The Chinese Communist Party announced the end to the one-child policy yesterday after 35 years of enforcing the controversial plan. In an effort to alleviate an aging-population problem, married couples are now able to have two children per household. But it doesn’t seem like many families will be rushing to fill out their ranks.
After decades of fear over the punishment that comes with a second pregnancy — a fine ranging from twice to eight times the annual income of both parents, according to a finance column in People’s Daily, or, worse, forced abortions — the people aren’t as relieved by the groundbreaking decision as one might have predicted. In fact, in a poll conducted by Sina, the Chinese media company that operates Weibo, more than 42.9 percent of respondents voted “no” when asked if they would consider having two children.
For many couples, it’s not the issue of whether they want to have another baby. The primary reason for their doubts about growing their family is the staggering cost of raising an additional child, according to an online survey conducted by Wall Street Journal columnist Horatio Fu. Sunshine Life Insurance Corporation Limited once quoted the minimum amount needed to provide a child basic living and education until he or she reaches adulthood: 300,000 yuan, or $47,500. According to government figures published in 2012, a non-private-sector worker in China makes an average annual salary of 28,752 yuan, or $4,755.
Paying for fresh diapers and piano classes are far from the only costs associated with raising a child. Even with soaring property prices in China, having enough for a down payment on a house is still a requisite factor in starting a family. In a recent survey conducted by Fang.com, more than 57 percent of respondents are unwilling to settle down with a person who does not own any property. In 2013, China Daily reported that monthly mortgage payments take up an average of 40 to 50 percent of family income. Combine that with a cultural expectation to financially support one’s elderly parents and in-laws into their old age, it’s no wonder why China’s millennials — the lone generation of only children born under the policy — are taking to social media to voice their frustration over their mounting financial burden.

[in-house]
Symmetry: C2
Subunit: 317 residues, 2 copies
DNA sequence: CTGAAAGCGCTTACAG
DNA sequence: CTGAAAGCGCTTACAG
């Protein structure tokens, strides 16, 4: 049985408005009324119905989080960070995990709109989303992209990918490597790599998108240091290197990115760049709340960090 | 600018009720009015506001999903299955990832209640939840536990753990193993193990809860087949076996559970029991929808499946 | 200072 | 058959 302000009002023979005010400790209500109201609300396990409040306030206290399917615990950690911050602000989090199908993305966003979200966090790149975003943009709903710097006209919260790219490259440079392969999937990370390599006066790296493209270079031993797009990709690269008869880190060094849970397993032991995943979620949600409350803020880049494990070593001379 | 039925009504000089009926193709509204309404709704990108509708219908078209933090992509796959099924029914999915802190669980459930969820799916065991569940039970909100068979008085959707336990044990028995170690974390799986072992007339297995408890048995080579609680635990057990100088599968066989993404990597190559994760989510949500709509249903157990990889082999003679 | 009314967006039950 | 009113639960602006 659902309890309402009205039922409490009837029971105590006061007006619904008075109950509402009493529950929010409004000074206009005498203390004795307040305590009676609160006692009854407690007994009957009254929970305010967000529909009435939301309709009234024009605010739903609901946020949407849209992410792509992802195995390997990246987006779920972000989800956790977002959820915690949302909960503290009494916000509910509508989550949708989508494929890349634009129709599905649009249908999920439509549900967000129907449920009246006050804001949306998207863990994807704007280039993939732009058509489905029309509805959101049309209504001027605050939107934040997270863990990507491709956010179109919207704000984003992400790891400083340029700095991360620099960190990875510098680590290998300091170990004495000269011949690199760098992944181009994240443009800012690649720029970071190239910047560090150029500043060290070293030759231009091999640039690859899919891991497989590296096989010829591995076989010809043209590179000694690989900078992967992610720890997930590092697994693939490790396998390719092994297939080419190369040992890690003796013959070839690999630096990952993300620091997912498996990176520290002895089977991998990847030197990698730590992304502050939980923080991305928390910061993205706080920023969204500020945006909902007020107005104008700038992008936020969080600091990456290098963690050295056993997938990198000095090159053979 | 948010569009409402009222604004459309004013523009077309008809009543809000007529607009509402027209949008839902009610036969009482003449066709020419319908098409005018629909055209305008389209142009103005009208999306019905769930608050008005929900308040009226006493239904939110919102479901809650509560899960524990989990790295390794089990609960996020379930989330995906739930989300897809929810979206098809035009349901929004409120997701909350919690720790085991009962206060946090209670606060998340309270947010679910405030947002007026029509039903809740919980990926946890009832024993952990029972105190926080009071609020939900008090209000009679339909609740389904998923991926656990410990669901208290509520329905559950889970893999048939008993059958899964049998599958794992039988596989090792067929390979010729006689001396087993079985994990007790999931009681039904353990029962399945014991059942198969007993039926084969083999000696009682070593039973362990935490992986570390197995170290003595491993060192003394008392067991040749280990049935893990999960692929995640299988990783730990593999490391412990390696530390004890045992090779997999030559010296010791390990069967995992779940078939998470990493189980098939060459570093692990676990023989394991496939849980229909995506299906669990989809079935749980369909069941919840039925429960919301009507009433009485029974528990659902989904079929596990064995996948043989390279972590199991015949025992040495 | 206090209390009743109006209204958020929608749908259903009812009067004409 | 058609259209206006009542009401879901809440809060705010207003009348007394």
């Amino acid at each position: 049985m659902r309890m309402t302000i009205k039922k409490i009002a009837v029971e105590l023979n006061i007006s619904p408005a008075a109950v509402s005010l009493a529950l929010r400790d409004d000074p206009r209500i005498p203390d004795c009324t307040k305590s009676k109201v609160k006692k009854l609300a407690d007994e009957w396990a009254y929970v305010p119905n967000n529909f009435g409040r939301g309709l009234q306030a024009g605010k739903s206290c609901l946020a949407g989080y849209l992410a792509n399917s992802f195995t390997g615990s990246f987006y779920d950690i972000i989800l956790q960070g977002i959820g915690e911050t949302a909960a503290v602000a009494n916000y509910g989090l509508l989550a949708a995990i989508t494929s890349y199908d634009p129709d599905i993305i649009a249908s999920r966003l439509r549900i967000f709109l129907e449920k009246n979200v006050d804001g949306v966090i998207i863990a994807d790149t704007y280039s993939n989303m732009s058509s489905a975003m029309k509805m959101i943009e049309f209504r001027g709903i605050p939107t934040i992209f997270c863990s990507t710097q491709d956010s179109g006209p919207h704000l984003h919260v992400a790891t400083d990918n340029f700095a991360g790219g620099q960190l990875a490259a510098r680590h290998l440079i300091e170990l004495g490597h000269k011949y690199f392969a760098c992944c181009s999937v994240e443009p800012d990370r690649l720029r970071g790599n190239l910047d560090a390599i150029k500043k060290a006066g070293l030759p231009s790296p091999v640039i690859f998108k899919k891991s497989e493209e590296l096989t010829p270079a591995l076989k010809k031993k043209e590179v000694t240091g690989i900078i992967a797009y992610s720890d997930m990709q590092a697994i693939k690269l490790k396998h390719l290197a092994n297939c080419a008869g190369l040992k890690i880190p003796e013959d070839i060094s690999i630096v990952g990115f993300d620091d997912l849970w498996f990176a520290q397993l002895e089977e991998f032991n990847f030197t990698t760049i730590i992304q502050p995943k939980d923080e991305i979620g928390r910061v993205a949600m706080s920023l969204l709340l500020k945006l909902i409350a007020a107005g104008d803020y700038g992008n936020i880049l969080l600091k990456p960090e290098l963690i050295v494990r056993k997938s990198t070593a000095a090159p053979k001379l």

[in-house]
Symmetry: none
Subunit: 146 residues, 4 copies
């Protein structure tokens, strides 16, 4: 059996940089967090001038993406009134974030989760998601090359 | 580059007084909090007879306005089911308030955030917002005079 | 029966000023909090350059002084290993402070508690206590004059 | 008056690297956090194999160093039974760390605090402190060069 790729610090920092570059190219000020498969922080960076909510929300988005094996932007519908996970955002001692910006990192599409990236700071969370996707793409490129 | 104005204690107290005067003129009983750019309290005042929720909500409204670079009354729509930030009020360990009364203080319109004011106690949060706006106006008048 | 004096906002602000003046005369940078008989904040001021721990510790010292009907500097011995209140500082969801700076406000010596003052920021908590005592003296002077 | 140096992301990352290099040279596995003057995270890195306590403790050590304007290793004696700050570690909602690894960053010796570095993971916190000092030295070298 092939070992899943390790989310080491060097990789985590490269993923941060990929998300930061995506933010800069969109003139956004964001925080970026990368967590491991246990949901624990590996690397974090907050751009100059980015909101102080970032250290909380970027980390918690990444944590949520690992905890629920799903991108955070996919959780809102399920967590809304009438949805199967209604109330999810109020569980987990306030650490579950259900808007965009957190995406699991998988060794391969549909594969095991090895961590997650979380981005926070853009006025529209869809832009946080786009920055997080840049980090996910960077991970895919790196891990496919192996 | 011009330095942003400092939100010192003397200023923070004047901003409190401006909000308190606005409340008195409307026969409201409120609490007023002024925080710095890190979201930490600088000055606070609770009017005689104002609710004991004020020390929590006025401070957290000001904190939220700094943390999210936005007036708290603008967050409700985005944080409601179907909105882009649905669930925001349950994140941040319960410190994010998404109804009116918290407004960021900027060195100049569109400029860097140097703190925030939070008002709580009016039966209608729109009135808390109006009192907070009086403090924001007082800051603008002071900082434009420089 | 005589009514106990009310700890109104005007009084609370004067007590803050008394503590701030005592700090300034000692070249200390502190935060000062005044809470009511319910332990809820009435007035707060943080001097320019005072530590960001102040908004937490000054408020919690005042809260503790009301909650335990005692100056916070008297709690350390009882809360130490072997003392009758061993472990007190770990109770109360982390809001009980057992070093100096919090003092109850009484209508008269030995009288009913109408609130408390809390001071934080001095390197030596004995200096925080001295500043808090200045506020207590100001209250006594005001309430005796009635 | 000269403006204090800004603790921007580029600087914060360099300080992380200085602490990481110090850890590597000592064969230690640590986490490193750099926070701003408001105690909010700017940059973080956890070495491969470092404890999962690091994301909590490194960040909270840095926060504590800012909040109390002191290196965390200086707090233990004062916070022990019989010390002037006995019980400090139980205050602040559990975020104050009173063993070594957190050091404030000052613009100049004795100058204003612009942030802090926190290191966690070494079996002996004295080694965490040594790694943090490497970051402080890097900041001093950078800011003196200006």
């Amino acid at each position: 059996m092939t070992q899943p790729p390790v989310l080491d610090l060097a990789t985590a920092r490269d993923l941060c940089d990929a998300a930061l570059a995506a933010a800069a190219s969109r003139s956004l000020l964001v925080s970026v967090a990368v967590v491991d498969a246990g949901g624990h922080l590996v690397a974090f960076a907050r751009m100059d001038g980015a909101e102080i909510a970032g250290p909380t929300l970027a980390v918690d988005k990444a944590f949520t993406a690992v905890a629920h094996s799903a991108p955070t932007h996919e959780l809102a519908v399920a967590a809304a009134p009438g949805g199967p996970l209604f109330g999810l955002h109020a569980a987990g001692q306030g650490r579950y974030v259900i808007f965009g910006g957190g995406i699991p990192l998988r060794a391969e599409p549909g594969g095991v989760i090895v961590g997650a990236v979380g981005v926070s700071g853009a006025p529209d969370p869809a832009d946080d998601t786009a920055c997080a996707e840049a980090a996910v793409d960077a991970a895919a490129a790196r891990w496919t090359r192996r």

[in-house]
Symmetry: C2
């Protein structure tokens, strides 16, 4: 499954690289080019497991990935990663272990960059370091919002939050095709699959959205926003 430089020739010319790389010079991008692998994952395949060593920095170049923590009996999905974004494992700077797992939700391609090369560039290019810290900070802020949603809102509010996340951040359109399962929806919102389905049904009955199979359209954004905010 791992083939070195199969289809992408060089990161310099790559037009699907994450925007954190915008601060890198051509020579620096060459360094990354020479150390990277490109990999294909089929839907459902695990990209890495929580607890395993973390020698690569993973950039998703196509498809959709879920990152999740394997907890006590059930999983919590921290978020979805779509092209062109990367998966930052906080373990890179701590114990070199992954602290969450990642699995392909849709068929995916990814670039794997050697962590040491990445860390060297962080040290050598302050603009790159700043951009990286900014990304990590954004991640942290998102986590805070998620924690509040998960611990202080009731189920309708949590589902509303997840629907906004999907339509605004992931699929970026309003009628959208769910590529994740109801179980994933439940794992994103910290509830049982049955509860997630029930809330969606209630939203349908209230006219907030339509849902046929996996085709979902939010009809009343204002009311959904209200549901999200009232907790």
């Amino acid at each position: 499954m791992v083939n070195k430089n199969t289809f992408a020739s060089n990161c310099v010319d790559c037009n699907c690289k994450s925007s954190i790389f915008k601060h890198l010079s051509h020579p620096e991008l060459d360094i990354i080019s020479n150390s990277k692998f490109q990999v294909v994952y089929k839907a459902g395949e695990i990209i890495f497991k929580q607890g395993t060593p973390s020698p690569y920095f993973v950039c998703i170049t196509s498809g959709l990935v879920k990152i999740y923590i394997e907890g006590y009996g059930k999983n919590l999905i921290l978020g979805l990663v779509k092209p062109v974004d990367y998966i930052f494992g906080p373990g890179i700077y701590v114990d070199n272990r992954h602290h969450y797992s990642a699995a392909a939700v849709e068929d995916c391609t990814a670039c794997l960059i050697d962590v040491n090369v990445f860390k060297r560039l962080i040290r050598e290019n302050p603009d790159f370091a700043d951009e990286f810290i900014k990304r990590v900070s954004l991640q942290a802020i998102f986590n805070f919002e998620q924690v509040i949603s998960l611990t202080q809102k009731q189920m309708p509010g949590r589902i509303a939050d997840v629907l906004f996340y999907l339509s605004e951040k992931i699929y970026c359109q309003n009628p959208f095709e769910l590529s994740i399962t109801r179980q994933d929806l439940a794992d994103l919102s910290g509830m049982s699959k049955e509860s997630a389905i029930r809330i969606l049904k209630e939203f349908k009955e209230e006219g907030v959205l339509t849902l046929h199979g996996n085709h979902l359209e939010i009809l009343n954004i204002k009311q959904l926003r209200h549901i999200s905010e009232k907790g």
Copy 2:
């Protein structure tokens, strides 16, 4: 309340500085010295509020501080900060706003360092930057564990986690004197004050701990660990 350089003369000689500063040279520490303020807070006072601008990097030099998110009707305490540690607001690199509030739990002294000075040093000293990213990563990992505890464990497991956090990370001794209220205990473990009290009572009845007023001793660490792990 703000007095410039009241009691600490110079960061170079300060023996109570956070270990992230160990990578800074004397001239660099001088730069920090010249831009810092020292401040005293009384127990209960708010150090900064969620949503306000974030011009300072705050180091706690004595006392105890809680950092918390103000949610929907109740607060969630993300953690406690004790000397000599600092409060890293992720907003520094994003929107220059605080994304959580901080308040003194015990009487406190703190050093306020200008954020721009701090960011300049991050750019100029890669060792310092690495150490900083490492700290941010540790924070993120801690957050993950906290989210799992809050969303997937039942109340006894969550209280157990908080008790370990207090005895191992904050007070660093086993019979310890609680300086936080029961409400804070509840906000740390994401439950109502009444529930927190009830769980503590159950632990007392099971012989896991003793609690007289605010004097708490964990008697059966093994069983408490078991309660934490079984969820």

“What a unique generation we are,” wrote a Shanghai-based woman born in the 1980s. “As children, we were forcibly ‘singled’: No brothers or sisters—no one to stand up for us in a fight. Now that we’re finally grown ups, the Government wants us to pop out more kids. So, our generation will be taking care of four elders, two children, and possibly four grandchildren later on … The most important thing? Plans to retire will probably need to be pushed back, and we’ll be competing for jobs with our children.”
Apart from anxiety for the future, a sense of loss also looms large. The BBC estimates that about 400 million births have been prevented since the scheme has been in place. Without a heavy fine, children born outside the state plan were not eligible for permanent residency and face difficulty with school enrollment. Some believe that recourse is justified from the National Health and Family Planning Commission for the harsh penalties their families once suffered, with a few sharing their personal anecdotes online.
A Weibo user in Shenzhen was among the group that came forward. “My youngest sister was the third baby in the family,” she wrote. “She basically went in hiding as soon as she was born but alas, we were snitched on by an acquaintance. My dad got dragged away in his sleep and was incarcerated for about two weeks. We were eventually fined 5,000 yuan and my mother was forced to get an IUD.”
However, not everyone is up in arms about being deprived of a sibling. Some women were comforted by the fact they had dodged the possibility of being subjected to gender-based favoritism in the family. “I’m lucky to be born under this system,” a woman from Hebei province commented on Weibo. “Sure, my mother did face pressures to have a son when I was still a child. But if I did have a younger brother, I’m not sure if I would have been able to go to university.”
It’s worth pointing out that even with the Communist Party revoking the controversial policy, female reproductive rights are still out of the hands of Chinese women. With fewer legal obstacles, the pressure to birth a son — from husbands, in-laws, parents, or even the women themselves — might rear its head again. Chinese feminist publication Women’s Voice summed it all up with one poignant question: “Has women’s reproductive rights been shifted from the patriarchal forces of the Government to the patriarch forces within the family?”